£1.4m spent helping troubled teens should mean fewer end up in care
ROLE-PLAYING will be used to help parents control their children as part of a £1.4 million scheme aimed at halving the number of Derby youngsters going into care.
The city council has agreed a contract with charity Action for Children to provide the new service, which will help 40 to 50 families a year.
Parents with 12-to-17-year-olds who are young offenders will benefit from therapists who will visit their homes for several hours a week in a bid to help them get control.
They will also have access to a 24-hour helpline.
Aurora Meneses da Silva, Action for Children co-ordinator for the scheme, said one way parents would be helped was through role-playing.
She gave the example of a single parent trying to get a troubled son to stick to a curfew.
Mrs da Silva said: "We'd discuss with the parents what they expect to get out of the exercise and what they have tried before that didn't work.
"Then we would develop a plan. For example, what could the son get as a reward for being home at 9pm on weeknights – perhaps being able to see their friends more at the weekend?
"And what would happen if they didn't come in on time?
"We would then role-play the conversations the parents would have with their child to set this up.
"It's about making it real in their minds."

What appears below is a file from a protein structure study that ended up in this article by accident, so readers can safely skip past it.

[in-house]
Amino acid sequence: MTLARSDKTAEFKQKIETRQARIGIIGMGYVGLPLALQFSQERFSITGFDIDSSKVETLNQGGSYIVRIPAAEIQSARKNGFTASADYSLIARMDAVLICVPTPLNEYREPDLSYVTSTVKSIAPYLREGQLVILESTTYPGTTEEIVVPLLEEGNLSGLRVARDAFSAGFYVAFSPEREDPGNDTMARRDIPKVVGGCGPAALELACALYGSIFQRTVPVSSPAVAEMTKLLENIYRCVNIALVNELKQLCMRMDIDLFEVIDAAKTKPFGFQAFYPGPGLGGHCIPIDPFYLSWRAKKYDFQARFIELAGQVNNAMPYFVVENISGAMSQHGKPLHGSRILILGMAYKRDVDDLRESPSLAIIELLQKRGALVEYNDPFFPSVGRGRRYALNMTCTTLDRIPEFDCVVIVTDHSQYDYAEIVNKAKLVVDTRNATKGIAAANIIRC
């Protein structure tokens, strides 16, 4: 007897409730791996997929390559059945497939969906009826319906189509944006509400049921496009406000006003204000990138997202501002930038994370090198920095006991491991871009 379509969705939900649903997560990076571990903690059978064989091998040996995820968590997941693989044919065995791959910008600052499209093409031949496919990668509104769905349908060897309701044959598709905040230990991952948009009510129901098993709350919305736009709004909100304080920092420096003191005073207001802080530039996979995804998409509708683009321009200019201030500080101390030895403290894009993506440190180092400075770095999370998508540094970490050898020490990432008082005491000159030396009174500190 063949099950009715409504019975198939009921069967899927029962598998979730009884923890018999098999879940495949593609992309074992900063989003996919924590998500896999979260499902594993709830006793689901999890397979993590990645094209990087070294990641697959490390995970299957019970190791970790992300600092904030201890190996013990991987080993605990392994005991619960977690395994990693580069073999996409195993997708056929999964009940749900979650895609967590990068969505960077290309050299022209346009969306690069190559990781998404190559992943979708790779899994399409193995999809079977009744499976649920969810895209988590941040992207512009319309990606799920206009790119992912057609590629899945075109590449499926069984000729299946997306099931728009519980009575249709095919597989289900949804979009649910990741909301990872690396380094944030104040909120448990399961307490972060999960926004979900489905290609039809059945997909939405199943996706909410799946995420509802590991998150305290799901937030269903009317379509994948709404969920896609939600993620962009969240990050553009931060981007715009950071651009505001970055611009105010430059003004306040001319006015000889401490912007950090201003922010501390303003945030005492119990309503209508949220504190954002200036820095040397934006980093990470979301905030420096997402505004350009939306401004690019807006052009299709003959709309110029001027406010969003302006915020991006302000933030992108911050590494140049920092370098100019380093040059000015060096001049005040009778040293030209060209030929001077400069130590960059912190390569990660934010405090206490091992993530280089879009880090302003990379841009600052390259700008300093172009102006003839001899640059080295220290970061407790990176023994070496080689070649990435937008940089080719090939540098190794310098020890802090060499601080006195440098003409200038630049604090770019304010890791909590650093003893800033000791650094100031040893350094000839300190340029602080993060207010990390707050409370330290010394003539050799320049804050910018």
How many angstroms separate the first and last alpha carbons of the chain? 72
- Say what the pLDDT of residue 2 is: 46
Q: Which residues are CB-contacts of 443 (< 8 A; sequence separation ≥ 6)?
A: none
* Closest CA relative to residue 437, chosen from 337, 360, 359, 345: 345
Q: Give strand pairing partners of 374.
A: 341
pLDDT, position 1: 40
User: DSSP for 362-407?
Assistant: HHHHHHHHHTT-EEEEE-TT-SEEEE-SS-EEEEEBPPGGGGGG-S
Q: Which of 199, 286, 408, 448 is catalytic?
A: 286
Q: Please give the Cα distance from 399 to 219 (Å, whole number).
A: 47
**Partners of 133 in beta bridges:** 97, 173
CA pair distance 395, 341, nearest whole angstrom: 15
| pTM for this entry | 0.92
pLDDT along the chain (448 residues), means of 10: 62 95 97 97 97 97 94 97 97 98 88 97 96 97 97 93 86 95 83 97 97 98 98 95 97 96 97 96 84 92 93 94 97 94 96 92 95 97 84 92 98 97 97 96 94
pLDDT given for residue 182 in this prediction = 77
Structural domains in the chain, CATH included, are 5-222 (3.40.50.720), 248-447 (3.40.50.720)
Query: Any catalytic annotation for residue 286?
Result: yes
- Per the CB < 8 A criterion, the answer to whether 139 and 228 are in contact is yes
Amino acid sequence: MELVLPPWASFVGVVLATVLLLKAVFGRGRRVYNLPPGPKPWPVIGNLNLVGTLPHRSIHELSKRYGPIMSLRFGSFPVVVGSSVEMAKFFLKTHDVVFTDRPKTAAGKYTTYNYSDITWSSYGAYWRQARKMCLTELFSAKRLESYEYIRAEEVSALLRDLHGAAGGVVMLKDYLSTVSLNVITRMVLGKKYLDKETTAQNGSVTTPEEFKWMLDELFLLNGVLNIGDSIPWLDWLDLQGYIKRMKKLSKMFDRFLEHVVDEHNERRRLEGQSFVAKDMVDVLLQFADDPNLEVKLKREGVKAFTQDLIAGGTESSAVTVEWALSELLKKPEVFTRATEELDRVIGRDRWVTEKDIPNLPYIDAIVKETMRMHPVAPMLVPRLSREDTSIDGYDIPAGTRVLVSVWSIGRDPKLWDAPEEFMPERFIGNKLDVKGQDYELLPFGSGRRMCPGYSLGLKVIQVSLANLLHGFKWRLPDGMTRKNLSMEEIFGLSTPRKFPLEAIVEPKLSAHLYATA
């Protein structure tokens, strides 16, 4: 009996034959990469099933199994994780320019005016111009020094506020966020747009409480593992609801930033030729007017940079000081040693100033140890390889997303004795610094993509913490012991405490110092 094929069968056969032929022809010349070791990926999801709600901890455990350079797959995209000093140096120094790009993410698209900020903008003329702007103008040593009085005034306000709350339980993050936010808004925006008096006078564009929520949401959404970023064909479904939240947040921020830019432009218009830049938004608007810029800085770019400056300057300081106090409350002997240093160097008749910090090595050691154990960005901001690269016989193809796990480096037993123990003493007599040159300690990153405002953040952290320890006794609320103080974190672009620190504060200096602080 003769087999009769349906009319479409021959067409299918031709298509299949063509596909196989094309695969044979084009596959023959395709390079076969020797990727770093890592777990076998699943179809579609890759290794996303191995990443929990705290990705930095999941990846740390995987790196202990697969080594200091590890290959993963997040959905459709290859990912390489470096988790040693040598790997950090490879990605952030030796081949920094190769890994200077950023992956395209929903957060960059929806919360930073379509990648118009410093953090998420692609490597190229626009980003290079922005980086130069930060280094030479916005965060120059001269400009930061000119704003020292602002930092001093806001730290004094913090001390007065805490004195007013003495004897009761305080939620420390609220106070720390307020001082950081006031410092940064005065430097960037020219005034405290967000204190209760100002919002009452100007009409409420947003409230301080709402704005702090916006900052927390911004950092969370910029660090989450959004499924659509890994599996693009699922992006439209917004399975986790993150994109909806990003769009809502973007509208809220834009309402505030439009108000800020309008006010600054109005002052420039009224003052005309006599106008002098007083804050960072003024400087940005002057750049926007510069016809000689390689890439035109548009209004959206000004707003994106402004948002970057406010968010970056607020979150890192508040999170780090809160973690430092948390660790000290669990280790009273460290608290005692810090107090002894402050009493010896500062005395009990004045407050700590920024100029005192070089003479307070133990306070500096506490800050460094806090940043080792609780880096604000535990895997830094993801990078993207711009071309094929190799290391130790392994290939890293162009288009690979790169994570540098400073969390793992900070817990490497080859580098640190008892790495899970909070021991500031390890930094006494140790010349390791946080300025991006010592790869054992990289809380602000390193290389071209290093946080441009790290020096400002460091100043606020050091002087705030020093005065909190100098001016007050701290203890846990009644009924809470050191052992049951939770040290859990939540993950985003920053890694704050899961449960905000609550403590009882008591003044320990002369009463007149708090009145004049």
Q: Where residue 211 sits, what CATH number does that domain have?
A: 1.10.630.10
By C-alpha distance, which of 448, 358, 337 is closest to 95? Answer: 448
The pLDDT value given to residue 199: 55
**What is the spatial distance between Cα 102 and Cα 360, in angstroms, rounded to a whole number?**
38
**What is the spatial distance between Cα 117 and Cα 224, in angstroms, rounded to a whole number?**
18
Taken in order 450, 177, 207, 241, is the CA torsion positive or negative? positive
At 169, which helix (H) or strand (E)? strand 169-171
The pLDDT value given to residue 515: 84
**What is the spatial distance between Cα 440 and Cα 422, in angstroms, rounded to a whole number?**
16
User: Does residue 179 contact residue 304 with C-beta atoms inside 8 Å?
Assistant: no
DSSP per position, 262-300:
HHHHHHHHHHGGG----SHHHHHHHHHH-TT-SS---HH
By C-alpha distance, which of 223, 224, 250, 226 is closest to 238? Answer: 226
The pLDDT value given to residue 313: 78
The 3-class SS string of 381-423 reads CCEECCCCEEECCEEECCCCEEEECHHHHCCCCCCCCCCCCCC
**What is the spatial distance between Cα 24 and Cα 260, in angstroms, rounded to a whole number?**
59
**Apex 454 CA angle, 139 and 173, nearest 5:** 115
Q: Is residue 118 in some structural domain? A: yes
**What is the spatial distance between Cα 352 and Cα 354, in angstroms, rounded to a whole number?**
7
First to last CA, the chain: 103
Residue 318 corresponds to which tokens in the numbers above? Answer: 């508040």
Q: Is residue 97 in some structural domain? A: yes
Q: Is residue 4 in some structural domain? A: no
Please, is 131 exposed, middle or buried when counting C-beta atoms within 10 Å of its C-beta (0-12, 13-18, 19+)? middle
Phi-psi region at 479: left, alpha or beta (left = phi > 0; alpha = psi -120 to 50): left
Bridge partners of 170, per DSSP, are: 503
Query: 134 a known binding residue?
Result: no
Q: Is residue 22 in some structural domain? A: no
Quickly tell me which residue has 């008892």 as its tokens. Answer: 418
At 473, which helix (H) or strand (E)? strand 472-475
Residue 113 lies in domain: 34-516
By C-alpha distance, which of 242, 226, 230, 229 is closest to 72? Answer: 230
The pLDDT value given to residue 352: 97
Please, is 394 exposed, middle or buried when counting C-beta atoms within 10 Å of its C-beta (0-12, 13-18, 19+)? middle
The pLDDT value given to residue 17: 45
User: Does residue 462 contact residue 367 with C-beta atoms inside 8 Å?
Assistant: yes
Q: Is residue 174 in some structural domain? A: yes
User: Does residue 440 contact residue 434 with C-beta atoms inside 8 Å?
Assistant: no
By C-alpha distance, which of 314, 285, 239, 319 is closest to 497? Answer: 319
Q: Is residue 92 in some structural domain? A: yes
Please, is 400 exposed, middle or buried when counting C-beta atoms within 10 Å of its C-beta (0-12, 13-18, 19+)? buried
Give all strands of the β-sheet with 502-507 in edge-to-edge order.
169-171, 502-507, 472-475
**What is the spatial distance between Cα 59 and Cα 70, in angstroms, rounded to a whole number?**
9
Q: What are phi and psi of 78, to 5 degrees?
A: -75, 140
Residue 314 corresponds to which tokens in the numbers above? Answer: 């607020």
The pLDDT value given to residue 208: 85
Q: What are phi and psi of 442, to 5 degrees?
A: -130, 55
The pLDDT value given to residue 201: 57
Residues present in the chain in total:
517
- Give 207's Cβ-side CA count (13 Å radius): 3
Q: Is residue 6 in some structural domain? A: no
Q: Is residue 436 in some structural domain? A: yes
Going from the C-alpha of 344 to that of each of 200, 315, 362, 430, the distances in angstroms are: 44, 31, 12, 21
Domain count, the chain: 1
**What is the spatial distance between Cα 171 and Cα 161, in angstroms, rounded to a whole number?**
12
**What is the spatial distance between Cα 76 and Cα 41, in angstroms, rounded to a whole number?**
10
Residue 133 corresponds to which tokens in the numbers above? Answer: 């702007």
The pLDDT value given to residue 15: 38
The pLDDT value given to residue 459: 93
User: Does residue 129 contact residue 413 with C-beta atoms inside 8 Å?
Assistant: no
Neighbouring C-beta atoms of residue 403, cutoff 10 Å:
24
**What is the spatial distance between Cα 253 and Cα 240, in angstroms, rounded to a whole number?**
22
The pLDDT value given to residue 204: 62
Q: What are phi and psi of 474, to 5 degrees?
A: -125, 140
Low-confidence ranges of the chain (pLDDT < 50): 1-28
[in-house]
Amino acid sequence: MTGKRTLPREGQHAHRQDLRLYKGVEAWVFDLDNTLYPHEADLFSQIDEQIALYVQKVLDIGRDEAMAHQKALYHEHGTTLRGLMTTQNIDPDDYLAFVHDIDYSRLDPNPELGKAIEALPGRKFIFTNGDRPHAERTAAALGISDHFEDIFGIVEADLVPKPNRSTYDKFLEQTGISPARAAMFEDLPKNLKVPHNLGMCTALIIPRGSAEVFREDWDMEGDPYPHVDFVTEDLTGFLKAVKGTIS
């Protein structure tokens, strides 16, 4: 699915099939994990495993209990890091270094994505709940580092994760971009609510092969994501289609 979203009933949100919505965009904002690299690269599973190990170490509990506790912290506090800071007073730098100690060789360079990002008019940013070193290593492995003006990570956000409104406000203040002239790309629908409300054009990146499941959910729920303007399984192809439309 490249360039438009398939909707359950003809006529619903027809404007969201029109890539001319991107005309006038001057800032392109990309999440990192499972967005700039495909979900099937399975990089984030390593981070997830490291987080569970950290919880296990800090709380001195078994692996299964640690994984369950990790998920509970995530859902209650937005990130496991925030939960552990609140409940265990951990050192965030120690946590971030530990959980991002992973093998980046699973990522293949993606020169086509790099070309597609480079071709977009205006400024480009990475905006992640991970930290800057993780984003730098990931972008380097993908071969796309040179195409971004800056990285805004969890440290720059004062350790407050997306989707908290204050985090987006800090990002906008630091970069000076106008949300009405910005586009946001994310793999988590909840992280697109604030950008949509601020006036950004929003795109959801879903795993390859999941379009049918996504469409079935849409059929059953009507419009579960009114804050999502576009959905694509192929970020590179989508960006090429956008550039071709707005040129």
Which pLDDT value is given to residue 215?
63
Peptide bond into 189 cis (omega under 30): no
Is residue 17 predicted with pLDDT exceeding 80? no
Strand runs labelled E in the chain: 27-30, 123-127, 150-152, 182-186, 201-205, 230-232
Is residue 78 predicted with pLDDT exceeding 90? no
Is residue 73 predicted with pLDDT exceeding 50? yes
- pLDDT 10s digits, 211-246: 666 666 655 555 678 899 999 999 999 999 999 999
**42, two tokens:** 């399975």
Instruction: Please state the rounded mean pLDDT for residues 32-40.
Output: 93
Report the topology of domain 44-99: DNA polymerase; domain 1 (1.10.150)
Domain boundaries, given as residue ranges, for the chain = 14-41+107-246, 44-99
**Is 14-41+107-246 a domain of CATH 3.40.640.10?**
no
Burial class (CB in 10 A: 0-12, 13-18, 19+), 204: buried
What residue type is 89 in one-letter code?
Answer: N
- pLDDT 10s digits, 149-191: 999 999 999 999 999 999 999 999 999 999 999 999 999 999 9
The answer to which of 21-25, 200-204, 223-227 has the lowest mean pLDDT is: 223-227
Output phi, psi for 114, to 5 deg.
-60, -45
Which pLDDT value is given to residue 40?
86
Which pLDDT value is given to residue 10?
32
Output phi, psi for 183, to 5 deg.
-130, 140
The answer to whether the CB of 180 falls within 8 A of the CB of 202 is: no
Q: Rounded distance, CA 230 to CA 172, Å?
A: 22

Mrs da Silva added that families may also be encouraged to "brainstorm" together on how they would solve a problem.
The therapists will make follow-up calls to find out how new techniques have gone and be on hand to answer questions.
Families with young offenders would be referred to the new service – called Multi Systemic Therapy – by police, schools or the NHS.
Each case would then be put before a panel including educational and child psychologists and social care workers who decide whether they are appropriate for the scheme.
Action for Children is employing four new therapists, who will each help between four and six families at a time.
The Department of Health and Department for Education will jointly provide £700,000 for the first two years of the scheme. The city council will pay the same amount for the next two years.
Councillor Martin Rawson, cabinet member for children and young people, said he believed the spending would lead to long-term savings for public organisations as fewer youngsters would go into care and commit crimes.
Where MST has been used before, research showed that the number of 12-to-17-year-olds being placed out of home reduces by between 47% and 64%. And the amount of offending from youngsters in families which take part goes down by 41%.
Mr Rawson said: "About 200 of 470 Derby children in care are aged from 12 to 17 and this new approach will reduce the number of children coming into care in this age group.
"The investment will pay off as we won't have as many children in care. It's good for us financially and, more importantly, for young people as it addresses their behavioural problems."